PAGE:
Managing Linux Memory

Memory Hogs

Faster Reads

The page cache is thus a cache for file data that has been stored in pages. Its use speeds up disk access by orders of magnitude. Therefore, Linux makes heavy use of this cache and always tries to keep it at the maximum possible size [5].

Two other areas, which were managed separately in legacy Linux versions (kernel 1.x and 2.x), are integrated into the page cache. First is the buffer cache, which manages blocks belonging to disks and other block devices in main memory. Today, however, the Linux kernel no longer uses blocks as storage units, but pages. The buffer cache thus only stores page-to-disk block mappings, because they do not necessarily have to be the same size as pages. It is of very little importance today.

The second area is the swap cache, which is also a cache for pages that originate from a disk. However, it does not work with pages that reside in regular files but with pages that reside on the swap device – the anonymous pages. When a page is swapped out to the swap partition and later put back into storage, it is initially just a regular disk page. Thus, it should be cached.

The swap cache now primarily contains only pages that have been swapped in but not subsequently modified. Linux can detect from the swap cache whether swapping out again requires a write to disk (to the swap space). One of the swap cache's most important tasks is thus avoiding (write) access. A clear distinction to the actual page cache exists here, which primarily accelerates reads [5].

In the case of frequent disk access, the kernel now tries to adjust the page cache to meet these requirements. In the above-outlined test, it grows as the file being written becomes larger. However, because the number of available page frames is limited (to 10GB of free memory in the test), this growth comes at the expense of the pages that applications can keep for themselves in physical memory.

Old Pages

As the page cache grows, the kernel's page replacement strategies [1] try to create space. Linux uses a simplified LRU (least recently used pages) strategy for this. More specifically, it identifies outsourcing candidates by finding pages that have remained unused for a longer period of time. The kswapd kernel thread handles the actual swapping process.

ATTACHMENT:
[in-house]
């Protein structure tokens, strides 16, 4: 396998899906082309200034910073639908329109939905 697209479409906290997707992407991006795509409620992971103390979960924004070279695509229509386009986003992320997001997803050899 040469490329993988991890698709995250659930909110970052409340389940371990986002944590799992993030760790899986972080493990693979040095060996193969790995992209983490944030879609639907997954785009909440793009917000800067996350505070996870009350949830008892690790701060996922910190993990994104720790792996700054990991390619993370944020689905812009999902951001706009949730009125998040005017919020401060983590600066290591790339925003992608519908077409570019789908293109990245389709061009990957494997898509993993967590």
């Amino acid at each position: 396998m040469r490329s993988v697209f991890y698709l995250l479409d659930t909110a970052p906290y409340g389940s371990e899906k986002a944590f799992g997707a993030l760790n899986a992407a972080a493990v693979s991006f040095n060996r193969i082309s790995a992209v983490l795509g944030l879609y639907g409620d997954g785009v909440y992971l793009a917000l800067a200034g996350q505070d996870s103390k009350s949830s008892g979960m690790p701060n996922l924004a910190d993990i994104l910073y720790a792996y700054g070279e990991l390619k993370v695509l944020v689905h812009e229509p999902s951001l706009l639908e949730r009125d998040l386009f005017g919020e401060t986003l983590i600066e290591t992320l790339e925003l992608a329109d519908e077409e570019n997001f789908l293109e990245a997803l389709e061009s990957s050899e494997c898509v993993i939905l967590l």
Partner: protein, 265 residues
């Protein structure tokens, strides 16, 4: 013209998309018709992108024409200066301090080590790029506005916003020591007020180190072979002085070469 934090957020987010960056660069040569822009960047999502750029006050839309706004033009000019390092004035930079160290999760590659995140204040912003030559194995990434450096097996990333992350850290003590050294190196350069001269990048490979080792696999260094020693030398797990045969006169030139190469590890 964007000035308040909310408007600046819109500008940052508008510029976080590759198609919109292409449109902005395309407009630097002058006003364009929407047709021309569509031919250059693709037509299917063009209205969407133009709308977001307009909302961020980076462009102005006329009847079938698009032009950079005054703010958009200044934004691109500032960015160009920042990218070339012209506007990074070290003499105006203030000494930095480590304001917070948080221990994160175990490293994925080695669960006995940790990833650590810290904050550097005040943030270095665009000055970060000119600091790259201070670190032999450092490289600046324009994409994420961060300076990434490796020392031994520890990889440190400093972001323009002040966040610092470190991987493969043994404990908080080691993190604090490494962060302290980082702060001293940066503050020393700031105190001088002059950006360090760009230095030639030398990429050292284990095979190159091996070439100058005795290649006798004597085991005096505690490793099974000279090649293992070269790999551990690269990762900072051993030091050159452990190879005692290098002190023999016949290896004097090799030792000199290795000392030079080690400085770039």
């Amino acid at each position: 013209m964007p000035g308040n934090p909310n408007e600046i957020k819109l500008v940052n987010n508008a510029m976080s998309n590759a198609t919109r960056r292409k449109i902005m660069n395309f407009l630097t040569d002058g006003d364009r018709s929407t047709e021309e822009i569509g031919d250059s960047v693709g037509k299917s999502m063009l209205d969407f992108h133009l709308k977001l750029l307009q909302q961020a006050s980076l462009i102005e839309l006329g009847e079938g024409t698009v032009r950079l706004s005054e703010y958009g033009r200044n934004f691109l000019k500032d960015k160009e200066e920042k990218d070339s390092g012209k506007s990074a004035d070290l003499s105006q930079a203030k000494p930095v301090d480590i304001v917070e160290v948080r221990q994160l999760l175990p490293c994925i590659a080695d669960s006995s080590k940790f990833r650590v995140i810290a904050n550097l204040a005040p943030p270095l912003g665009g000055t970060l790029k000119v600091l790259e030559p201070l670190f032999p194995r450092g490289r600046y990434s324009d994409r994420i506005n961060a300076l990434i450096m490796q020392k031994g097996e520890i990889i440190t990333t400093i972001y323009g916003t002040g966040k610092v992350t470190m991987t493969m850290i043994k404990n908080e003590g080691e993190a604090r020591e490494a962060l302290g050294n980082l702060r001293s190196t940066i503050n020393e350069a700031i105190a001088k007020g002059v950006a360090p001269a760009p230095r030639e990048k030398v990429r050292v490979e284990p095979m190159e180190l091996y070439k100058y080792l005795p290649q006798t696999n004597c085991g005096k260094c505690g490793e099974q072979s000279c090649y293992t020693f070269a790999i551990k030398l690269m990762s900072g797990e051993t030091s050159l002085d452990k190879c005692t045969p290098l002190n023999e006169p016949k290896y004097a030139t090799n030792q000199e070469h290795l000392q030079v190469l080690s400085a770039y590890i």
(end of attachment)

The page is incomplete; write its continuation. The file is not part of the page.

Unfortunately, many application-specific buffer areas fall into this category. A typical SAP application server can manage many gigabytes in these buffers and temporary areas. The diversity of requests, however, leads to large parts of these not being used very frequently or very quickly, although they are still used from time to time. The request locality is fairly small.

Depending on how aggressively it swaps, the Linux kernel sacrifices these pages in favor of page cache growth and swaps them out. However, this approach degrades application performance, because, under certain circumstances, Linux memory access is no longer served directly from main memory, but only after swapping back in from swap space.

These considerations provide the framework for explaining the empirically observed behavior discussed previously. When backups or copying large files cause substantial disk access, the operating system can swap out application buffer pages in favor of a larger page cache. After this has happened, when the application needs to access the paged memory, this access will be slower. Increasing the physical memory size by installing additional memory modules does not fundamentally solve the problem; at best, it just postpones its occurrence.

Finding Solutions

The background from the previous sections shows that the observed performance degradation is due to the lack of physical memory. Possible solution approaches can be classified in terms of how they ensure sufficient space for an application in physical memory:

  • Focusing on your own application: Preventing your own pages from being swapped out.
  • Focusing on other applications: Reducing or limiting the memory usage of other applications.
  • Focusing on the kernel: Changing the way the kernel manages physical memory.

These different approaches are summarized graphically in Figure 3.

Figure 3: Approaches for protecting an application's memory pages.

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